Foul Language in Writing. And Cracking the Twitter

There are two separate topics I want to address that are only marginally related, but I thought they should share the same blog space.

First, a little missive about that other ubiquitous social network, Twitter.

Since I've been taking a hiatus from Facebook, I've been tweeting a lot more to fill the gaping gab-hole left in my life. Previously, my average use would equate to maybe 7-10 tweets a week. Now I'm doing at least that much a day. Because if I can't shout things at myself in a crowded room on the off-chance someone might hear me, I can't be happy. Clearly.

Self-deprecating sarcasm aside, I've long felt the service has been a great way to stay in touch with fellow writers and industry types as well as participating in current events in real time. While I've been on the service since 2007, this is maybe the first time I've devoted any significant daily effort to it. Normally, I would pop on a few times a week, see what people were chatting about or if anything major was happening in the media, share a blog or alert the "world" to any sales I might be having on Kindle, and then head back to the Cheers bar of Facebook, where everybody knows my name. As a result, I have not gained much of a Twitter following. Up until the beginning of February, I was sitting right around 640 followers, give or take. Not really great. As of this writing, I have 715. Still not really great, but I'm edging ever closer to 1000, and I think with more concerted daily interactions with other users, I can get there soon enough.

The thing about social networks, and it doesn't matter which one it is in this instance, is that in order to receive its fullest benefits, you really have to engage with  it. You have to indicate an active presence so that others feel compelled to pay attention to what you have to say. In other words, you have to be SOCIAL. Go figure. I have found that by updating Twitter almost as much as I updated Facebook, things have improved exponentially. Though I intend to return to Facebook soon, I am pretty sure Twitter will remain my primary social network from now on. It's less addictive--I can't seem to spend more than a few minutes at a time there--and I've noticed fewer opportunities for personal drama. There are other ways to improve your exposure there, like the strategic use of hashtags and maybe using more visual media to catch eyeballs, but it still boils down to just one simple rule: use the damn thing.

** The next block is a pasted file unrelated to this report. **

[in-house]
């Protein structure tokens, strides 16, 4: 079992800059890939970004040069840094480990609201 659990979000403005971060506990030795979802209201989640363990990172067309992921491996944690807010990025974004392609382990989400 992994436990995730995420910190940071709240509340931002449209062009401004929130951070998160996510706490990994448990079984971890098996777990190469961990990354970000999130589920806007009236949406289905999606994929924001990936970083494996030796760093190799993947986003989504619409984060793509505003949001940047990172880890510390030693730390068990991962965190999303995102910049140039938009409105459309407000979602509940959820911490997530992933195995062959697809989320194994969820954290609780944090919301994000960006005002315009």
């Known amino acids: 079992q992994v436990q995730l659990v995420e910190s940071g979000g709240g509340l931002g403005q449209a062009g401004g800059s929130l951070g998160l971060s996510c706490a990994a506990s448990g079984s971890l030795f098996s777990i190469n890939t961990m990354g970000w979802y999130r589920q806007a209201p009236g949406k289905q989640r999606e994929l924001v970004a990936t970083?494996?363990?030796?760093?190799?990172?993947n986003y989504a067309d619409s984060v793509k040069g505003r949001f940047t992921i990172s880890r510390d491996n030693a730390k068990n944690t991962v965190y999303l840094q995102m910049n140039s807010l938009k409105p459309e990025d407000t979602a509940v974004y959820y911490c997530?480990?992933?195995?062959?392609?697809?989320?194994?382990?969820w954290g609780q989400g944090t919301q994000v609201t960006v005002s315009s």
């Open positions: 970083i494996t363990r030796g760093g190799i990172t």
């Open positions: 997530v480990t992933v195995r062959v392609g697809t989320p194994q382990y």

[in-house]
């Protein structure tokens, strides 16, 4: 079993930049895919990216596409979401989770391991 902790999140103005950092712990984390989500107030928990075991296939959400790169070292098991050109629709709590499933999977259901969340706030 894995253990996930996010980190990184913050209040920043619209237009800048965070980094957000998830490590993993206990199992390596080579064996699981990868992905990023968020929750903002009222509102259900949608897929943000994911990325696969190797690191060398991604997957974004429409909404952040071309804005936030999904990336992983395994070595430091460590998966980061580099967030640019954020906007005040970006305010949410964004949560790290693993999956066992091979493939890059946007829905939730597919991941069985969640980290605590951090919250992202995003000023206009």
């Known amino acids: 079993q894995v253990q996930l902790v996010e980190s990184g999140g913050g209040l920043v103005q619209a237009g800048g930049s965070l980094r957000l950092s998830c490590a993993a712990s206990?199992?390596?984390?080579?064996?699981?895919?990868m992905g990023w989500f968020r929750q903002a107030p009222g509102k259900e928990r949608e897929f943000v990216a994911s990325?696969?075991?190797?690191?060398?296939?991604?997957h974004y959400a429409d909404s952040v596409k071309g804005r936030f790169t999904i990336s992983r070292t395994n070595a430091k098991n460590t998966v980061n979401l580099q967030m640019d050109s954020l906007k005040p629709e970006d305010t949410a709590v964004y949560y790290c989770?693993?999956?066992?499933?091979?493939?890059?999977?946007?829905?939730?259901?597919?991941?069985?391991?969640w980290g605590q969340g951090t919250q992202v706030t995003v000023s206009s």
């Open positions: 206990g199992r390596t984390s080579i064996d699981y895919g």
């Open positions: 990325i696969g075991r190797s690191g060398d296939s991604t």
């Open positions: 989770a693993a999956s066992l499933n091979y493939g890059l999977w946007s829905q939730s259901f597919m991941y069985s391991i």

Anyway, this leads me to my next topic: bad writing advice. It's always been a perennial thing on Twitter. Writers love writing blogs about writing. I've written a lot of them, mostly as a salve for my chapped ass after being exposed to writers who are dumb. It's not like the idiots who most need to read said blogs are actually reading them. In fact, due to the cognitive dissonance that's as prevalent in the author community as chlamydia in a low end fraternity, the idiots generally think you're not talking about them. But preach to the choir we must. Recently, someone posted a blog entitled something along the lines of "Bad Habits Writers Should Break."

Being of the mind that I might still have a few bad writer habits, and because I was curious whether someone had come up with something different from the standard fare, I took the clickbait. And initially, I noticed nothing new. Stop using so many adverbs, turn off your internet, don't leave projects unfinished, show don't tell, don't edit while you write. Blah blah blah. Anyone who's a writer has heard these things a million times, promptly convinced themselves that none of these things apply to them (even if they do) and moved on.

But there was one item on the list that stuck out like a bucket of farts at a perfume convention: the use of foul language. As in, using swear words in a story is a bad writer habit.